Salami Dreamin’, a limited-edition artist’s book by Michelle Maguire, features eye-popping, hand-printed images of her blunt, funny, completely unimpressed Italian American Great-Aunt Doll, with colorful Aunt Doll anecdotes by Maguire's husband Aaron Beck.
11.75 x 14.25” / 68 pages / 14 prints / edition of 50
Litho-, silkscreen-, and letterpress-printed
Book and prints available here.
Aunt Doll, age 85, has lived in Canton, Ohio, her entire life. She curses, loves cured meats, knows more about the NFL than you do, plays strip mall slot machines with her vegetarian hairdresser of 43 years, is never trying to be funny but always is, worships the sun from her concrete-slab patio, and frets about nothing except her beloved Italian bread packing on the pounds. Aunt Doll makes the most if it. The gist of her story: enjoy every chicken wing while you holler at the Cleveland Browns on your gigantic analog TV, because we aren’t here forever.
Just before the printing of this book was about to begin, I sat with Aunt Doll in her kitchen. I got through three images before she lost complete interest, so I changed the subject to wedding soup.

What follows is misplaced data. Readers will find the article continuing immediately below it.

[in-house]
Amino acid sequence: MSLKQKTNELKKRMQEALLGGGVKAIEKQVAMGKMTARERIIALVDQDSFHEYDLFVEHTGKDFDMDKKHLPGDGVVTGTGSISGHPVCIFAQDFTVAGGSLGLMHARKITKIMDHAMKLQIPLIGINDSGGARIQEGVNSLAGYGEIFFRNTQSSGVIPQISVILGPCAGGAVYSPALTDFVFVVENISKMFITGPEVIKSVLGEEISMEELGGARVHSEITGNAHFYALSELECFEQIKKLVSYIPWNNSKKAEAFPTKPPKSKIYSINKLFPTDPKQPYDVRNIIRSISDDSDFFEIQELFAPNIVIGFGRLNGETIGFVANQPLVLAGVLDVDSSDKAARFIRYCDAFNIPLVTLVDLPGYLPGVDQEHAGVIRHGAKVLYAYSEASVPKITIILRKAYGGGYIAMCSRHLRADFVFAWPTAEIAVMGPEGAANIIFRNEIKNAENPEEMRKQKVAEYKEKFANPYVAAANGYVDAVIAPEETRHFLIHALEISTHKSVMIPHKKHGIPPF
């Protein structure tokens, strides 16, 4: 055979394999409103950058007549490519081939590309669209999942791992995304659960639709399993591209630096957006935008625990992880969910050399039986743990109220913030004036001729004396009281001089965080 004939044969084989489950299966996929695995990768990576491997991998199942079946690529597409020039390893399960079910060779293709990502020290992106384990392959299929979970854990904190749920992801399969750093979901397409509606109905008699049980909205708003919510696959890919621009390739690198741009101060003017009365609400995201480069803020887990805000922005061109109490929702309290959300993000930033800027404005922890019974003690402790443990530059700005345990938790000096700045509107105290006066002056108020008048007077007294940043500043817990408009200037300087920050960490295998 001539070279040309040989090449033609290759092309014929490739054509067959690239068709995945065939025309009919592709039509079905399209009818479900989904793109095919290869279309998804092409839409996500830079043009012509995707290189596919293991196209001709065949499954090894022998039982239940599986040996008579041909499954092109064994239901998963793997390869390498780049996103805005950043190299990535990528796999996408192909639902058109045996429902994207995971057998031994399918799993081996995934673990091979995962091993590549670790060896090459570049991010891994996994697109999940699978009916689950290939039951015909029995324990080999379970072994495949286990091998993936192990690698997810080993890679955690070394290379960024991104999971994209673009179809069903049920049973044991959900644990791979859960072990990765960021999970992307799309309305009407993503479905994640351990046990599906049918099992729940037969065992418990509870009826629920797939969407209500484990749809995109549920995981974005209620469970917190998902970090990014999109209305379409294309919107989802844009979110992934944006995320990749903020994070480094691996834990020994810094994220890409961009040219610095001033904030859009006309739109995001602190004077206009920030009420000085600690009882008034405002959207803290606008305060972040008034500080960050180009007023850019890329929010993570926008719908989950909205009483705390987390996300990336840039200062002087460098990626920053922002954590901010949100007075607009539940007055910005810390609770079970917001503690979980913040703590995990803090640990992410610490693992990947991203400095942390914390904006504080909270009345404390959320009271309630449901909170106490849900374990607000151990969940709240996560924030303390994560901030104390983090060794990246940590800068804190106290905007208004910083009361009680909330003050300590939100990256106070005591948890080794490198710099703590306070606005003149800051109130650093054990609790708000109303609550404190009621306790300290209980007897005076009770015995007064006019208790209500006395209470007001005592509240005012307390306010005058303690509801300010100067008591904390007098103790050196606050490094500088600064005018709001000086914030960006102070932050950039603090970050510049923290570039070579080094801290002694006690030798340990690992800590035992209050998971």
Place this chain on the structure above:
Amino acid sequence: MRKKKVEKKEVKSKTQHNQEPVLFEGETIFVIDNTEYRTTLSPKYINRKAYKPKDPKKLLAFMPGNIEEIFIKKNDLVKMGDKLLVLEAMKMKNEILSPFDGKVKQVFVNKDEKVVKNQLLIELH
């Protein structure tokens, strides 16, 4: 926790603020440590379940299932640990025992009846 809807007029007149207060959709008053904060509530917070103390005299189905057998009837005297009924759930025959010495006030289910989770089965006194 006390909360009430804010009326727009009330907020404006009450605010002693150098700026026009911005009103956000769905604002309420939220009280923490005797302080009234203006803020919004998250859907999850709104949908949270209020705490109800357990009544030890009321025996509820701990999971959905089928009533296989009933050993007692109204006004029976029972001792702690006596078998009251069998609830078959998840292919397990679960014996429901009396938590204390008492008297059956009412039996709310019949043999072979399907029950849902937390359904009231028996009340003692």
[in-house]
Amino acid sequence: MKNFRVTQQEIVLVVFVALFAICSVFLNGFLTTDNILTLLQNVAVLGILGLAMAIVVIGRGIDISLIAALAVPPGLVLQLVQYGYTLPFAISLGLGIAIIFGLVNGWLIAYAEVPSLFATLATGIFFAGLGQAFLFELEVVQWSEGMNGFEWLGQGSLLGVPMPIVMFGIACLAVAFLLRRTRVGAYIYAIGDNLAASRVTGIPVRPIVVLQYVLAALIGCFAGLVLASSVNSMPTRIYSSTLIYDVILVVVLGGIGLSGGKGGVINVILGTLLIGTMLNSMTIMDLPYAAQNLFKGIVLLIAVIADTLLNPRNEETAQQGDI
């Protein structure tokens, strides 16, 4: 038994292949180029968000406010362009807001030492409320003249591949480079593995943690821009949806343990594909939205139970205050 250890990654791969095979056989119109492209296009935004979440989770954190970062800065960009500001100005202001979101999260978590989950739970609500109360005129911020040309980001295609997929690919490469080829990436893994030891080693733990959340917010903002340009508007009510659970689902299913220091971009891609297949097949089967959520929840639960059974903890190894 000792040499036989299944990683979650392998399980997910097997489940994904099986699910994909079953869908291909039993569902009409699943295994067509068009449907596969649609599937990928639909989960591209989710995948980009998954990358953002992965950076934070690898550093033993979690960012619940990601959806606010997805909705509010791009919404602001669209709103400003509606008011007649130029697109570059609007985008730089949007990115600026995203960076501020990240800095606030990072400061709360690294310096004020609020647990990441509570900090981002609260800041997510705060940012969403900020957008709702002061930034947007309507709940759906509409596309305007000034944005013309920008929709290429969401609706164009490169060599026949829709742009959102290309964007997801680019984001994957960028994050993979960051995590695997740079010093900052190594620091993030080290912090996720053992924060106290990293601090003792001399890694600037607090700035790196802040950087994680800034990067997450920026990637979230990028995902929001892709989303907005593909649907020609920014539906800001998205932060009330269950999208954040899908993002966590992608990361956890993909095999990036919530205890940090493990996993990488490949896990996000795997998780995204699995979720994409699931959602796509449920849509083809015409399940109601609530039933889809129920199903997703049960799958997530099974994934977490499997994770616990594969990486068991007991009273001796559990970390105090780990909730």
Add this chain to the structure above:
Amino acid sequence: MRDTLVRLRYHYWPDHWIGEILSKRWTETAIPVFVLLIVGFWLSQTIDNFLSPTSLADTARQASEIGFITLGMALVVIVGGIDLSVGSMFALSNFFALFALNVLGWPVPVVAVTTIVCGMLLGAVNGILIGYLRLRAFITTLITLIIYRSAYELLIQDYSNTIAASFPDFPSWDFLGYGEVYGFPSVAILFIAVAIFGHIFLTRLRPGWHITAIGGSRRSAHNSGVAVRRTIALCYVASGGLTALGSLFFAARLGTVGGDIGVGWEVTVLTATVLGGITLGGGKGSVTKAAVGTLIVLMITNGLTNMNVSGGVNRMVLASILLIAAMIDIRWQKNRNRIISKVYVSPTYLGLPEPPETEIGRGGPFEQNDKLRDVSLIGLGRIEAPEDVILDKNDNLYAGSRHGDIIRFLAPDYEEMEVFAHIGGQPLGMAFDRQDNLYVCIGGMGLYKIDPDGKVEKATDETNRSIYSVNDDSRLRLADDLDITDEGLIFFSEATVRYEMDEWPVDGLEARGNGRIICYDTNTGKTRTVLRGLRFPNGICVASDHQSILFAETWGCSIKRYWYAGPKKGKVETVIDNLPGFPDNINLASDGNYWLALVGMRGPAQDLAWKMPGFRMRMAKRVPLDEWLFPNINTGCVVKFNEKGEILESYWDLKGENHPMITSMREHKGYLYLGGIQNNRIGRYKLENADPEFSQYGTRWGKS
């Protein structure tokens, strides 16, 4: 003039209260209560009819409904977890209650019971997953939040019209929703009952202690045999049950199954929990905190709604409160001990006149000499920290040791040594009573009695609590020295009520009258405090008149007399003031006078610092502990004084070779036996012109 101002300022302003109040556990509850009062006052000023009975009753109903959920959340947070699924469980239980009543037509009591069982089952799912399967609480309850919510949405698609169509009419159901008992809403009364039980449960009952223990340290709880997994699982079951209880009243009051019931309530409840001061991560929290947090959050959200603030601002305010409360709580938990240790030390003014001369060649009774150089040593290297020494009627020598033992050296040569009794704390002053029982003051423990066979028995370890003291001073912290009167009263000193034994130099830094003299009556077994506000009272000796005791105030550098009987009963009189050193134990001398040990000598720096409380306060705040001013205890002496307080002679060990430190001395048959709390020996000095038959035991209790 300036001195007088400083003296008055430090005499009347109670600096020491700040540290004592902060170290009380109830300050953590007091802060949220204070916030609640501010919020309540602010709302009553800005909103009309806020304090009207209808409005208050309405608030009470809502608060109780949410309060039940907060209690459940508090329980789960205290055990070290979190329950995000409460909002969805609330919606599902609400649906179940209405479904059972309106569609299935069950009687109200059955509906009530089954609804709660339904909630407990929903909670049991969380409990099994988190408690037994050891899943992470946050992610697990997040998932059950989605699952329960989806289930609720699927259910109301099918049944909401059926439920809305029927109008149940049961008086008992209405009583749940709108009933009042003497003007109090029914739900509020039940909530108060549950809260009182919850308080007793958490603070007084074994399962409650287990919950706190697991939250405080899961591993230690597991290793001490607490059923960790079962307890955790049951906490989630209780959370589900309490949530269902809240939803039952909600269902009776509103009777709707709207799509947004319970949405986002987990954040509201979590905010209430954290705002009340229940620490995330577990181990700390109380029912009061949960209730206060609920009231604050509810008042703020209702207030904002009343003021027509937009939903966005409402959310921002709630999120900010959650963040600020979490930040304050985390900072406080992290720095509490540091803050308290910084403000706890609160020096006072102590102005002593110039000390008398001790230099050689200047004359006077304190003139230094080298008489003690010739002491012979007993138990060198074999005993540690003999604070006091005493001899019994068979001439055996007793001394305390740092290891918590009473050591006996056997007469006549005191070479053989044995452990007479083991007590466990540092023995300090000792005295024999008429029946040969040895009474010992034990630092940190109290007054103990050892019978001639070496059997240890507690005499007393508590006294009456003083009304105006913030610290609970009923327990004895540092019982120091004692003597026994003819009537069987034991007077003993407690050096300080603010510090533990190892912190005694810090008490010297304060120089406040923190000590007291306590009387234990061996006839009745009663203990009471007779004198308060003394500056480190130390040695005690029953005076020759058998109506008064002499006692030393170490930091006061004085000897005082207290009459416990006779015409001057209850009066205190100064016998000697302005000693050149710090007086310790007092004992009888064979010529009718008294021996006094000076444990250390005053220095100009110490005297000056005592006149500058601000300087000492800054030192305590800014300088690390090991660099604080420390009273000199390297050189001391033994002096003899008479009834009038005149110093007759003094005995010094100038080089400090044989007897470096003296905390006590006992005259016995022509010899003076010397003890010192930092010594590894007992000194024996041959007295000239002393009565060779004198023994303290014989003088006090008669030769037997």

Each copy of the book includes a one-of-a-kind bonus pamphlet made from test prints.
Typically discarded after a silkscreen test-pull, these printed-all-over sheets of newsprint were too beautiful to toss, so I'd stack them in a pile to re-visit later. After half a year spent making tightly registered, finicky, unforgiving portraits of Aunt Doll, it was liberating to turn these loose, spontaneous process materials into little bonus pamphlets, slipped into the back of every copy of Salami Dreamin'. Each one totally unique and a remnant of a day's work in the print studio.
Foil pieces left over from stamping the spine and cover titles.
Salami Dreamin' is now a part of permanent collections at these academic libraries, making the book accessible to new batches of students for the next thousand years. When we were making the edition, I wasn't exactly sure where it would end up, and I'm thankful and excited to have this book be seen by so many. It's cool to know people will still be looking at pictures of Aunt Doll in 3017.
The mock-ups and process pieces are my favorites, like this one I made to see how the color rhythm would feel throughout the book. It's a nice object to sit and stare at.